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Why You Should Care About Marriage In America

Some Americans see marriage as something they can go in and out of if it becomes unrewarding or difficult; some see it as unnecessary to their lives. But deep down, most people wish they could have a rewarding lifelong commitment with their spouse. Marriage, by its very nature, is intended to be a covenant relationship, not consumer relationship. In the midst of many external challenges, we forget how marriage can benefit our personal lives. We are losing our determination and the skills to keep our marriages healthy and strong.

This is a major reason for a new initiative called National Marriage Week USA. The initiative will run this year from February 7 - 14. Surprisingly, several other countries, including the UK, Germany, the Czech Republic, Ireland and Australia all have had significant public awareness and activities for National Marriage Week for the last 20 years.

If you hadn’t heard about it, the week leading up to Valentine’s Day has had some U.S. attention since 2002 by those in the marriage education field. But a new initiative in 2010 seeks to build a broader collaboration and to elevate marriage to the national attention it deserves.

Marriage is in crisis. A new Marriage Index released in October, 2009 reports that in 1970 nearly 80 percent of all adult Americans were married; today that has dropped to 57 percent. The Marriage Index also reports that today 40 percent of all American children are born out of wedlock, with 70 percent of babies in African-American families born without a married mother and father.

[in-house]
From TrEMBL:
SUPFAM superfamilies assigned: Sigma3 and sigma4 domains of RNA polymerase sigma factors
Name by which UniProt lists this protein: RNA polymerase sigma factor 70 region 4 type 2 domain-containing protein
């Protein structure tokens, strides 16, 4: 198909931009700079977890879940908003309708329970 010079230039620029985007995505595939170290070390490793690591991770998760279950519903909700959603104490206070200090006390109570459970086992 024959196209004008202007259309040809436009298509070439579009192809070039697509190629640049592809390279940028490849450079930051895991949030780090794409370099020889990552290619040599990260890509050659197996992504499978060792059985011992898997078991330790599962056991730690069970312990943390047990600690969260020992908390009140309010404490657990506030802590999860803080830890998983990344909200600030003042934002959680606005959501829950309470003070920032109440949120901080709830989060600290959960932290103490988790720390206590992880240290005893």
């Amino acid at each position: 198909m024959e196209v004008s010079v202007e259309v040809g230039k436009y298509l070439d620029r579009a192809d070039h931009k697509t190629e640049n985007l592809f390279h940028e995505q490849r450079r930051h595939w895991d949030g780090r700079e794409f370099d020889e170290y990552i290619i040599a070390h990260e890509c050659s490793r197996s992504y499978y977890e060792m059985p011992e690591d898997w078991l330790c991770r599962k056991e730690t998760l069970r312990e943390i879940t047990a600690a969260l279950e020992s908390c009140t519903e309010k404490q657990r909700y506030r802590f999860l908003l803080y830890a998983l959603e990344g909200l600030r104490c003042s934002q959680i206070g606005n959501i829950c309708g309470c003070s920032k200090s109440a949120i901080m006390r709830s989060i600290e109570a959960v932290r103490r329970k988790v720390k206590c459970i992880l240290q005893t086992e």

Why should we care? Because marriage is the best way to overcome poverty, and it is proven as the best circumstance for raising children. Research overwhelmingly shows that lack of marriage or divorce impoverishes women and children. In addition, boys reared apart from their father are twice as more likely to spend time in prison by age 32 as those who were raised in a married home headed by their own mother and father. Teenage girls who are raised by their own father are much more likely to resist the advances of boys or young men who do not have their best interests at heart. In fact, 35 percent of adolescent girls whose father left before the age of six became pregnant, compared to just 5 percent of girls who were raised by their mother and father. Research also overwhelmingly makes the case that married folks live longer, enjoy better health, greater personal happiness, more well adjusted children, and greater financial stability. (All research references can be found at www.nationalmarriageweekUSA.org)